Exploring the Interrelationship between the Accounting Craft and «Big Data»
On Friday 2 December 2022 Andreas Ulfsten will hold a trial lecture on a prescribed topic and defend his thesis for the PhD degree at NHH.
Prescribed topic for the trial lecture:
Interrelationships between digitalization and accounting: Challenges, dilemmas and open questions
Aud N at NHH, 10:15
Title of the thesis:
Disclosing from Disorder: Exploring the Interrelationship between the Accounting Craft and «Big Data»
Organizations increasingly aspire to use big data as a foundation for management and control. In his thesis, Andreas Ulfsten aims to broaden our understanding about what this aspiration means in practice through studying how accounting information is constructed on the basis of big, varied and unstructured data.
The dissertation’s three articles collectively show that big data changes accounting practice, but that accounting practice is necessary to make big data manageable. In some cases, this mutually constitutive relationship leads to paradoxical outcomes.
The first article contrasts the concepts of ‘accounting’ and ‘big data’ to understand the relationship between them. Findings from an empirical study indicate a broad conception amongst the actors in the studied site about big data providing opportunities for objective and innovative management control practice. Consequently, many new digital accounting visualizations are produced. However, construction of such visualizations demands subjective selection of data, leading to a conclusion about big data and accounting being mutually constitutive concepts and practices.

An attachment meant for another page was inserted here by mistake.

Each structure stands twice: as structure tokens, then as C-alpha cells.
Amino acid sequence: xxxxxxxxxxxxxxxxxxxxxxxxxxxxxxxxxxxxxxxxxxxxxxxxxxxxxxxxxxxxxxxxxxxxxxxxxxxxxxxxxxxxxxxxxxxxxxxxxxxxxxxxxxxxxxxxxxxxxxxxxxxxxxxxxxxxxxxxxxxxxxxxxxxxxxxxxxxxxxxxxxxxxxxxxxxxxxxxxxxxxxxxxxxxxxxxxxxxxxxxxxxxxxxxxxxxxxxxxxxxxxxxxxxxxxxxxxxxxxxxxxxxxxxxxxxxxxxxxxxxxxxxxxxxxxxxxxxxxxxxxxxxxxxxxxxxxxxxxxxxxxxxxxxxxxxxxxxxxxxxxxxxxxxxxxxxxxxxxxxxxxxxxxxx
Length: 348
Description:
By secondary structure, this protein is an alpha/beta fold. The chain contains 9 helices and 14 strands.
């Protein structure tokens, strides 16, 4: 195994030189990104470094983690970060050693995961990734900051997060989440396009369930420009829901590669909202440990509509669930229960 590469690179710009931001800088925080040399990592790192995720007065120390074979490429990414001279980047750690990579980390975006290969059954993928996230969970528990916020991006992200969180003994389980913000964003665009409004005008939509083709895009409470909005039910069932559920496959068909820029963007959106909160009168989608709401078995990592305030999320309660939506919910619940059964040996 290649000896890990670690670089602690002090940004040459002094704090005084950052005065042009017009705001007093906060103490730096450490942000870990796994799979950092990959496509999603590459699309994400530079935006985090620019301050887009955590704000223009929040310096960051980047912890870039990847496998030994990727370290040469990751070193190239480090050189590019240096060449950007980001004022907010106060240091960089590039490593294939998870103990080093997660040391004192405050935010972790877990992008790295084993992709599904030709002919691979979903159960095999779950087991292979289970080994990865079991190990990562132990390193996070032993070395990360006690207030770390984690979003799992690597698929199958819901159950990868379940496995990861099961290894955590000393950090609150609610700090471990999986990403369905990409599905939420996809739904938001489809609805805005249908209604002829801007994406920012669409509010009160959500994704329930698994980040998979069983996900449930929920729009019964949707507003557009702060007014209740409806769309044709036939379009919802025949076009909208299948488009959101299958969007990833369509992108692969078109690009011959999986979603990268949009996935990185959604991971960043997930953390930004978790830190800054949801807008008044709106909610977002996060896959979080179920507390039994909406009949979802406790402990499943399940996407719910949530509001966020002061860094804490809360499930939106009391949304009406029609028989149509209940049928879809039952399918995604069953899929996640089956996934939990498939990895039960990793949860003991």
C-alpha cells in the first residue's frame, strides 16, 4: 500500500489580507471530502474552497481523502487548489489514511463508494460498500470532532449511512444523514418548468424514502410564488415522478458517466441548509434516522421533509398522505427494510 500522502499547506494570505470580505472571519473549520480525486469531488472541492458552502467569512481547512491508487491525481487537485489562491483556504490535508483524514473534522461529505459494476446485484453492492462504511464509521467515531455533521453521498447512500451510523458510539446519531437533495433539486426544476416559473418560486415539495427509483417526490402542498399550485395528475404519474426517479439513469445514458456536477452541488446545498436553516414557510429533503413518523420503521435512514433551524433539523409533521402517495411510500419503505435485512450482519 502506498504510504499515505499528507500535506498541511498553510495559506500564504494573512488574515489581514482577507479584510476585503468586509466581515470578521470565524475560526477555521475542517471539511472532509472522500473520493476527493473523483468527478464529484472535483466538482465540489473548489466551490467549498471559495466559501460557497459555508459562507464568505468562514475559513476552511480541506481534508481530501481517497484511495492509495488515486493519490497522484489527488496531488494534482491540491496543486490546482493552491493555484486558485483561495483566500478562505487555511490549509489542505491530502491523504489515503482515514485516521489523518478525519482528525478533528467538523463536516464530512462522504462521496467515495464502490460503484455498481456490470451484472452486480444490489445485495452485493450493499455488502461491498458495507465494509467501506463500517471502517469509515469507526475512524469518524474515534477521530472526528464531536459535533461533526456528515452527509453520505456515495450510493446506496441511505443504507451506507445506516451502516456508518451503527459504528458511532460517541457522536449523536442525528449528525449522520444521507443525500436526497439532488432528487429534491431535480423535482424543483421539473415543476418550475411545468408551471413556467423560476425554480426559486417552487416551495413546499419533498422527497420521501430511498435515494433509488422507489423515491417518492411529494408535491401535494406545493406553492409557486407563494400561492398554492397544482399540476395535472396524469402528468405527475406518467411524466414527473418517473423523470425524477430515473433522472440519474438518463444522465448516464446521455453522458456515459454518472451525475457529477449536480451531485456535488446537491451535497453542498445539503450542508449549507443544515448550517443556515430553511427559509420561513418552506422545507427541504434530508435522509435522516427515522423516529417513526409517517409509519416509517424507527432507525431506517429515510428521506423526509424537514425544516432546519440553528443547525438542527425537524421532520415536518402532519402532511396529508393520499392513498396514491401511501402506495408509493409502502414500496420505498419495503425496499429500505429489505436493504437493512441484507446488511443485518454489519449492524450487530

In the second article, Ulfsten investigates how management control is practiced through systems of interlinked accounting inscriptions and other data types. The motivation for the study is that extant research tends to focus on individual inscriptions, and not how these are linked and what linking means for control practice. The study finds that links between inscriptions must be visible for the total system to function, but that links might become concealed if actors do not possess required specialized knowledge.
In the third article, Ulfsten and co-authors study outcomes of increased reliance on big data as a result of digitalization. The contribution is that digitalization of knowledge work can lead to paradoxical outcomes: increased use of data to become more efficient simultaneously makes the organization less efficient. The explanation offered is that increased use of data constructs tensions between different actor groups.
Aud N at NHH, 12:15
Members of the evaluation committee:
Professor II Anatoli Bourmistrov (leader of the committee), Department of Accounting, Auditing, and Law, NHH
Professor Jan Mouritsen, Copenhagen Business School
Professor Silvia Jordan, University of Innsbruck
Professor Katarina Kaarbøe (main supervisor), Department of Accounting, Auditing, and Law, NHH
Professor Bino Catasús, Universitety of Stockholm (Stockholm University Business School) and Adjunct Professor at NHH
The trial lecture and thesis defense will be open to the public.